The sun was absolutely glorious – hot enough to revel in the sensation of warm honey being poured over my body without being so hot as to make the sand scalding to walk on with bare feet. Tegan and Jake were frolicking in the foam whilst seagulls bickered overhead, all hoping we’d have more scraps than just the few hot chips they’d managed to scavenge out of our hands as we ate. We did, but I’d wrapped them up again to avoid the ‘beach chickens’ from swooping down and taking the rest whilst we weren’t watching. We might want more of them later.

I sighed with satisfaction and repositioned myself on my towel. We were wagging. My two youngest attended a private school that finished a week before Shianna’s for Christmas holidays and I always tried to do things with them in that week that were often too difficult if Shianna was with us. On the beach in blazing sunshine was a rare treat. We all had olive skin. Shianna didn’t.

My mobile phone interrupted my peace. I fumbled for it with resignation. I didn’t give out my number to many people so whoever was trying to contact me was someone that I allowed into my world.

“Hello, Kerry? This is Tanya from Disability Service. How are you?”

“Yeah good thanks. How can I help?”

“I have your application for a ramp to be built to replace the three steps at the back of your house,” she said, “and you’ve been successful!” she finished triumphantly.

‘Shit’ I thought. Tanya had pestered me so much about submitting the damned thing she’d worn me down and I’d completed the arduous task just to shut her up. The application had been 45 pages long, required a visit to a medical practitioner to verify Shianna’s disability wouldn’t suddenly rectify itself any time soon, a section for the school nurse to sign off as well as all the other documents I had to attach as evidence Shianna even existed.

So far there had already been two meetings at the office and one at my home. The home visit had consisted of three people attending to ensure:-

a) I had a disabled child. (That she was in their system and medical evidence had already had to be submitted almost yearly seemed to be irrelevant).

b) My house was safe for a staff member to enter. (Oh roll the eyes! A mat not secured to the floor with double sided tape was a dangerous hazard according to their policies).

c) No shenanigans of nepotism was occurring with public monies. (Each could back up the other if such a question was asked).

“Oh that’s good” I replied cautiously.

“Yeah!” she exclaimed. “Now the process is this. You’ll need to get three quotes from three separate registered builders, and an Occupation Therapist (OT) will need to be present at the same time so they can guide the builder on what needs to be done……..”

“OT present?” I interrupted doubtfully. “Is this a departmental OT or one I have to book privately?”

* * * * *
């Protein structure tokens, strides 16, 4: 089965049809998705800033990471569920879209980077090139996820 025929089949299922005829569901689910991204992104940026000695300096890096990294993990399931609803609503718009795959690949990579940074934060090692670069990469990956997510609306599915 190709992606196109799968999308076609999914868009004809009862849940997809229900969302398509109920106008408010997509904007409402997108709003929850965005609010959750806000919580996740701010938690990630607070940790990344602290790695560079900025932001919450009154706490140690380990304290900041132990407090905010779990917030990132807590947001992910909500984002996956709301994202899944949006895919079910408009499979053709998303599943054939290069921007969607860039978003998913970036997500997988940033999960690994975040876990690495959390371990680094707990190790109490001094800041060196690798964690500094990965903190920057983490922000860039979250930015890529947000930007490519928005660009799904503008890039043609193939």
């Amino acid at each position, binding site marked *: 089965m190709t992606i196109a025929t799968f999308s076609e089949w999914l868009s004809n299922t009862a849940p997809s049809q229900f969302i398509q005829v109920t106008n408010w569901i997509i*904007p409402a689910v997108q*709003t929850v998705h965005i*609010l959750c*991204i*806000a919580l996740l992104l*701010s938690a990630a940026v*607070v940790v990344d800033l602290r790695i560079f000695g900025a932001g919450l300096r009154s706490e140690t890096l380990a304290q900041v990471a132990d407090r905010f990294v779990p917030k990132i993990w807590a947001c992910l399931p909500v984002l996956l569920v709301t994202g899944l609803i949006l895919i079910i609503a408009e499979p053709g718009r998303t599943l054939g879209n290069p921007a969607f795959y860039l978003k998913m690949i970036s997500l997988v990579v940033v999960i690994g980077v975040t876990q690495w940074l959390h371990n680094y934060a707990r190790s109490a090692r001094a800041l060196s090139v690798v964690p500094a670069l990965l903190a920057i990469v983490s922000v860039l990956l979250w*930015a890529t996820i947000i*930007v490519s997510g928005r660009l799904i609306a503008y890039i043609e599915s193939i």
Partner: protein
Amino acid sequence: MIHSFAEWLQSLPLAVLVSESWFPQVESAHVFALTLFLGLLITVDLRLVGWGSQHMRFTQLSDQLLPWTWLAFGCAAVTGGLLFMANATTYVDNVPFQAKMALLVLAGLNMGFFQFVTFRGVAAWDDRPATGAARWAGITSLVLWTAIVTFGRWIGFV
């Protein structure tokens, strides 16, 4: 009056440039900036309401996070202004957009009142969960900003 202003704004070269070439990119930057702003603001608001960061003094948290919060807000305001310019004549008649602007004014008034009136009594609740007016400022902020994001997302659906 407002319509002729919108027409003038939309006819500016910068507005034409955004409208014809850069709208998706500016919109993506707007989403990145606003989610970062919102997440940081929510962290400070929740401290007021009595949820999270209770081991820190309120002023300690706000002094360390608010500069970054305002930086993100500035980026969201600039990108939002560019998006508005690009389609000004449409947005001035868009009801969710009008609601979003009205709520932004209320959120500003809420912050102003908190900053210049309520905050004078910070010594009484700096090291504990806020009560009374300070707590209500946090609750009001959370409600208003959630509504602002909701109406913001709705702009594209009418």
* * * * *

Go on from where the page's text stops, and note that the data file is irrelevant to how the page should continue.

“We do have our own OT” she replied apologetically, “but she is booked about seven months in advance so it might pay you to engage one privately……”

‘Jesus!’ I thought. ‘And how much will THAT cost?’

“Does it have to be a registered builder?” I asked. “Can it just be a registered carpenter?”

“No” she intoned. “Now, if the quotes are under $1000 you can go to (let’s just call it) organisation

A. If the quote is between $1000 and $1500 you can contact organisation B, and if the quote is between $1500 and $3000 you contact organisation C. If it’s over $3000 you contact organisation B and apply for further funding with Disability Services”. There was an expectant pause, no doubt waiting for my excitement to match the level of hers.

“Do you know how hard it is for a builder to turn up at a specified time?” I asked. “If I have to engage an OT privately I’m sure there will be several times where I’ll have wasted my money”.

“Yes, well, that can be an issue” she demurred, “but if they want the job they’ll turn up”

“Are you joking?” I asked incredulously. “A registered builder builds whole HOUSES and a $3000 job

is just a pain in the arse for them!” I rolled over to lean on my elbows and gaze at the trees lining the sand at the backyard of the lucky occupants. The day seemed to have darkened a fraction.

“So what do you say Kerry?”

Irritation at the ridiculous hoops required overwhelmed me. If she was waiting for me to yell out a whoop of joy I wasn’t going to oblige. “See that application in front of you Tanya?”

“Yes” she replied expectantly.

“Throw it in the bin. As a matter of fact, rip it up first and THEN throw it in the bin”.

I could almost hear the recoil. She hadn’t expected my response. “But why?”

“Because the hoops you want me to jump through to have three steps replaced by a ramp I don’t even really want are too ridiculous to contemplate. In the real world it is impossible to organise three builders to turn up with an OT present at exactly the same time for an application that may or may not be passed if it goes over budget. I don’t think a registered builder would even bother to turn up. I’m not going to do it”.

“But……it’s been granted”, she said with perplexity.

“Throw it in the bin” I repeated. “And don’t’ contact me again about any more applications. They’re usually refused even after being pestered by your department because the response is usually ‘oh sorry, funding has actually already run out already for this year’. It’s a pattern that has happened three years in a row”.

“I’ll give you time to reconsider…..” she said, leaving the statement hanging.

“Throw it in the bin” I replied resolutely, and hung up.

‘God!’ I fumed. ‘No wonder the funding runs out so quickly [usually between 01 July and mid-August]. Those bastards just get us to fill in these forms to keep themselves busy. Looks good on monthly reports for local funding demand! The whole lot just gets chewed up in administration’.